Mohamed disagrees.
He's been telling mosque members that disease may be destiny, but so are treatment and early prevention.
"The faith came to this world to support and help the mankind," he said. "Islam as a religion, it came here to support the wellbeing of the person. Whether it's your physical health, or emotional health, or mind body spirit."

'Worryingly low' cancer screenings

University of Minnesota researcher Rebekah Pratt has found that Somali women have the highest rates of cervical cancer in the world. The screening rates for breast and cervical cancers, however, are alarmingly low.
The national rate is 72 percent for mammography and 82 percent for pap tests. But when U of M researchers began digging into the numbers, they found that the mammography rate was just 8 percent among Somali women in low-income parts of the state.
Pratt said that while rates have risen, disparities still exist. According to the most recent data, urban clinics show breast screening rates between 18 and 25 percent for Somali women, and around 25 percent for cervical cancer.

"Breast and cervical cancer stand out, they got my attention when we started doing this work," said Pratt, an assistant professor. "The rates are worryingly low and it means whatever we're doing now it's not working well enough. We're not meeting the community where they're at in terms of the questions that they have, the information that they know."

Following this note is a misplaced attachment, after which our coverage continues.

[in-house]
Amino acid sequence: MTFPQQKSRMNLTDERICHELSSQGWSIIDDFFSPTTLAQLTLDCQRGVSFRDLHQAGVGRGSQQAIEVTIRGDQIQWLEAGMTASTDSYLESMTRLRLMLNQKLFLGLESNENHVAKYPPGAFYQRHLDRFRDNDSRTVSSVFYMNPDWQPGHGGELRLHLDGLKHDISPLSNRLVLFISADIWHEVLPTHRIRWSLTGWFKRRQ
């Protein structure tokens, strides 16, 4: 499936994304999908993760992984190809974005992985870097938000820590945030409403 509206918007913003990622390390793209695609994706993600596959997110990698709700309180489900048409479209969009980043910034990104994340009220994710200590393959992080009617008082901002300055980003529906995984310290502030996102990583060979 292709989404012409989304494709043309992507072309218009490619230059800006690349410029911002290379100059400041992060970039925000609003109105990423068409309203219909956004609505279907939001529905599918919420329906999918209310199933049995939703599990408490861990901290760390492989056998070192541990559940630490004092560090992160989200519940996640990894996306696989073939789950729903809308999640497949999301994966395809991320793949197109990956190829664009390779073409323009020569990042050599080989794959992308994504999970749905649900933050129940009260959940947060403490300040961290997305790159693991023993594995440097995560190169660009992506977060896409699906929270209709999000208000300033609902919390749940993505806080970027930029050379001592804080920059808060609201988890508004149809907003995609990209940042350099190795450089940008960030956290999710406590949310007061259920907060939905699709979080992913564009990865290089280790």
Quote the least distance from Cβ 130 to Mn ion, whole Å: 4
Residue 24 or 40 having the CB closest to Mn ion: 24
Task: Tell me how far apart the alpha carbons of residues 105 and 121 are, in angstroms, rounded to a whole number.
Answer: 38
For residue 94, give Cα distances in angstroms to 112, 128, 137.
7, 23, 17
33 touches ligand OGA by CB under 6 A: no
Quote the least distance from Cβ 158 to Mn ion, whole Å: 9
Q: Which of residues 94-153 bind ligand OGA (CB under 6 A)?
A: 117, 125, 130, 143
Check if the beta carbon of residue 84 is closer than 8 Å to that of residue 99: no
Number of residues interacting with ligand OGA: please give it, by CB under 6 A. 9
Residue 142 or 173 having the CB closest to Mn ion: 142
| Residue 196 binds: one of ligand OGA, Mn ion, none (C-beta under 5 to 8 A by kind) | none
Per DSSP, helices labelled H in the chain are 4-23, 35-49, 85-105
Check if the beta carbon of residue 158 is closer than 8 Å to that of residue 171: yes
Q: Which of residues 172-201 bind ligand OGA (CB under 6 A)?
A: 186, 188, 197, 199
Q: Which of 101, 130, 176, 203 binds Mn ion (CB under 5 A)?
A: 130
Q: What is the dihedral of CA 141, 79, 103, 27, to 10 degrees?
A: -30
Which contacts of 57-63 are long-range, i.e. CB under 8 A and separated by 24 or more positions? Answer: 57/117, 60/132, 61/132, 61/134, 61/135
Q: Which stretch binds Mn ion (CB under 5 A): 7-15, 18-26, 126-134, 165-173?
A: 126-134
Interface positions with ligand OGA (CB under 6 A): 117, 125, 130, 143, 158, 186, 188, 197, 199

A maroon-and-gold poster hangs at Dar Al-Hijrah mosque's second story prayer room. It's filled with information about the mosque and the U's research and recommendations in hopes of improving the rates.
"It's not only a place that people come and pray," Mohamed said.

Positive feedback

Researchers and faith leaders have gotten preliminary results from the program that show a change in attitude about cancer screening. They're also seeking additional funding from the National Institutes of Health to conduct data analysis.